Let's start with some facts about vision and sport:
• 30% of sportsmen and women require a correction for good visual acuity. (The same as for drivers. DVLA research).
• Studies show that 10% of us remove our glasses to participate in sport.
• 10% of sportsmen and women have impaired binocular vision.
• 5% of sportsmen and women are colour blind.
Clay shooting is NOT an aiming sport such as rifle shooting. This means that like with most ball sports, good visual function is absolutely critical to good performance.
Key visual function skills can be considered to be the following:
• Visual acuity and dynamic visual acuity.
• Stereopsis (depth perception).
• Peripheral awareness.
• Glare recovery.
All of these key skills will be affected and in most cases, impossible without binocular vision i.e. with one eye closed.
The phenomenon of eye dominance is well established but its exact mechanism is poorly understood.
What do we know?
• Eye dominance parallels the asymmetry of the brain that is divided into two hemispheres with complimentary functions.
• The depth of eye dominance is variable and can be overridden by the brain under certain circumstances.
• Cross dominance is a common occurrence and does adversely affect performance in sport as does shallow dominance under certain circumstances.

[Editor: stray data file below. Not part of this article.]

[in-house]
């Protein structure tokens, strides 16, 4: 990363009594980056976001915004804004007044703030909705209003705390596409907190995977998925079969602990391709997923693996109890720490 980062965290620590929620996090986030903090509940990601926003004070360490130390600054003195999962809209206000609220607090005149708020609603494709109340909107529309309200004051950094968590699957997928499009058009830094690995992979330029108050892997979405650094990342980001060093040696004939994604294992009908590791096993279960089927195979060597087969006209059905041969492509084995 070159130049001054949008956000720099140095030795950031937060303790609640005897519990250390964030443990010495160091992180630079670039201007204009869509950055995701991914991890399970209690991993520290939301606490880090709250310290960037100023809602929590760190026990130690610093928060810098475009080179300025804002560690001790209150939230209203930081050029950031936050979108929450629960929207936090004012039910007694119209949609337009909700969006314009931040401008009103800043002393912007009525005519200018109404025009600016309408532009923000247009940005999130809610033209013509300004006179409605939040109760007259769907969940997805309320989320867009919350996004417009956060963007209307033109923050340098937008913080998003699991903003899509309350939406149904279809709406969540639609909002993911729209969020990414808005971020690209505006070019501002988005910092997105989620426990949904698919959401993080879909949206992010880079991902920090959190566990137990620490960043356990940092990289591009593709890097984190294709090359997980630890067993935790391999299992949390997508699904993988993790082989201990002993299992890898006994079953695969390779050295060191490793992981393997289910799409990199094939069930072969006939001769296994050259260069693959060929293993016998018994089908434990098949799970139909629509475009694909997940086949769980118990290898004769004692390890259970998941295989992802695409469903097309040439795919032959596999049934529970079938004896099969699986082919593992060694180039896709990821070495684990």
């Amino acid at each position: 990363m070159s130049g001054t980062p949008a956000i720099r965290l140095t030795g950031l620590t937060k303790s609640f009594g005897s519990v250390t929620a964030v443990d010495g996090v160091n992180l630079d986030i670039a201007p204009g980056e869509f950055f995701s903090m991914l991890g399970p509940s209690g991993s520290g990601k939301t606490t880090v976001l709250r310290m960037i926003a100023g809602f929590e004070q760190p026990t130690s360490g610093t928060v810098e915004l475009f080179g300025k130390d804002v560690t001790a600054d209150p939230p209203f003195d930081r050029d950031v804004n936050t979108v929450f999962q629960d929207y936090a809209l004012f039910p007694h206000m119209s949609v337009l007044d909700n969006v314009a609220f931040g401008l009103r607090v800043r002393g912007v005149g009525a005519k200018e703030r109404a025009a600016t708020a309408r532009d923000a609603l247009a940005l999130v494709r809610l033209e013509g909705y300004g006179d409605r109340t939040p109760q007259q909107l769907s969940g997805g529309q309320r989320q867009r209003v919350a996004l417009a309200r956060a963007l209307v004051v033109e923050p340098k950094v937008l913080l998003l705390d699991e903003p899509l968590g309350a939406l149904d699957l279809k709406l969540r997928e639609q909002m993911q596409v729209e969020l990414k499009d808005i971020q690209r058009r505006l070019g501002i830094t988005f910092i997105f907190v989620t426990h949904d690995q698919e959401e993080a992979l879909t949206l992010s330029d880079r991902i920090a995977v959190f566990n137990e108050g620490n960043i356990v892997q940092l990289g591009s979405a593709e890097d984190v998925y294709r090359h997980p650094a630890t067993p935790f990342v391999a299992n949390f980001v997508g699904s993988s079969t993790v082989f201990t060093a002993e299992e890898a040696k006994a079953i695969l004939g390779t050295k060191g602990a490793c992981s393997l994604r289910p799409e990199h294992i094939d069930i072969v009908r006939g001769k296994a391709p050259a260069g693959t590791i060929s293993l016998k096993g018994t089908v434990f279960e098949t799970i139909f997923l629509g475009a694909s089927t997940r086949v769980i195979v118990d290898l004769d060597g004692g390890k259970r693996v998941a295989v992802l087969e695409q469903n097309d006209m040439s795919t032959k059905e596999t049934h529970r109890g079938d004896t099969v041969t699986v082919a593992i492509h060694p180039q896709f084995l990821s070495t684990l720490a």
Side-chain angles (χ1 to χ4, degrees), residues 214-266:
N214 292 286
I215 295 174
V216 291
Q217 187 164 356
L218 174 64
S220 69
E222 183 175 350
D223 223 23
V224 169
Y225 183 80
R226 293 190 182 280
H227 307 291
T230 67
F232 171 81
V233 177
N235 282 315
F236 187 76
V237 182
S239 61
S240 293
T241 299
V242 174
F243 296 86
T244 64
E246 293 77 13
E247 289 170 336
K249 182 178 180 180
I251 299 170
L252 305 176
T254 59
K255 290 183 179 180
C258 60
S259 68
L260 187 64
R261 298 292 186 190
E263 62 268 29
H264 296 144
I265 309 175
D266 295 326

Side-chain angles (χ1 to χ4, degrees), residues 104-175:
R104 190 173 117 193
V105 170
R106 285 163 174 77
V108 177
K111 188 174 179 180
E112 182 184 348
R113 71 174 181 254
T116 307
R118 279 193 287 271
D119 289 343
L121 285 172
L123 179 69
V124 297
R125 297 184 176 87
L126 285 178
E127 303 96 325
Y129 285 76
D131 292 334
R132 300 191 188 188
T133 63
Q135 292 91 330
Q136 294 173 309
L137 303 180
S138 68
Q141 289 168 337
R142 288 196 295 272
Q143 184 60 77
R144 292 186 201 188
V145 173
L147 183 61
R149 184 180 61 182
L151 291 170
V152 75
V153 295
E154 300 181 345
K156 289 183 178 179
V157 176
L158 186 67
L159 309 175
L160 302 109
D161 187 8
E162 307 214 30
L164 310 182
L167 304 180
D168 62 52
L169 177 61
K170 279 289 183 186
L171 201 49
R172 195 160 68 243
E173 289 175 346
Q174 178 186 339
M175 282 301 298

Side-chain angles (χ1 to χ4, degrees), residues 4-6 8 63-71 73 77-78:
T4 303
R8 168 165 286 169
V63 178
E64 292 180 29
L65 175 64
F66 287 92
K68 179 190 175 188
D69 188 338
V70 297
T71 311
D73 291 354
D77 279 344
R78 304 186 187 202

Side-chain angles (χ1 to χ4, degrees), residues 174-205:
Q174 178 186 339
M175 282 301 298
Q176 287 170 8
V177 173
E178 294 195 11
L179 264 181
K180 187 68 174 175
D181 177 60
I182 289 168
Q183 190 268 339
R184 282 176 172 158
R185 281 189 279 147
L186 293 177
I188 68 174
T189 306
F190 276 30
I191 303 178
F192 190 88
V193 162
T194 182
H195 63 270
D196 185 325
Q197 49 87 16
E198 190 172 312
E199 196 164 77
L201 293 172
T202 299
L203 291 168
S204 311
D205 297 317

What are our options in correcting dominance problems in clay shooting?
1. Closing one eye or occluding one eye: This is probably the method most commonly used amongst shooters but this will reduce or eliminate the shooters ability to carry out all of the key visual skills listed above, which are required to perform well.
2. Frosting: It is thought that the amount of frosting required on the dominant eye to resolve the cross dominance problem will have the same effective disruption on the binocular vision as total occlusion.
Where does EasyHit!! Fibre Optic Shotgun Foresight fit in?
• EasyHit!! allows the shooter to gain some voluntary control over the brain's ability to override the existing dominance.
• For shooters with mixed or shallow dominance (middle vision), we can voluntarily deepen the dominance to ensure more consistent performance.
• For shooters with cross-eye dominance, we can override the habitual dominance without losing all of the important benefits of binocular vision.
So in summary all of the critical visual skills required to perform well in our sport:
• Visual acuity
• Visual field
• Target location
Are all reliant on maintaining binocular vision.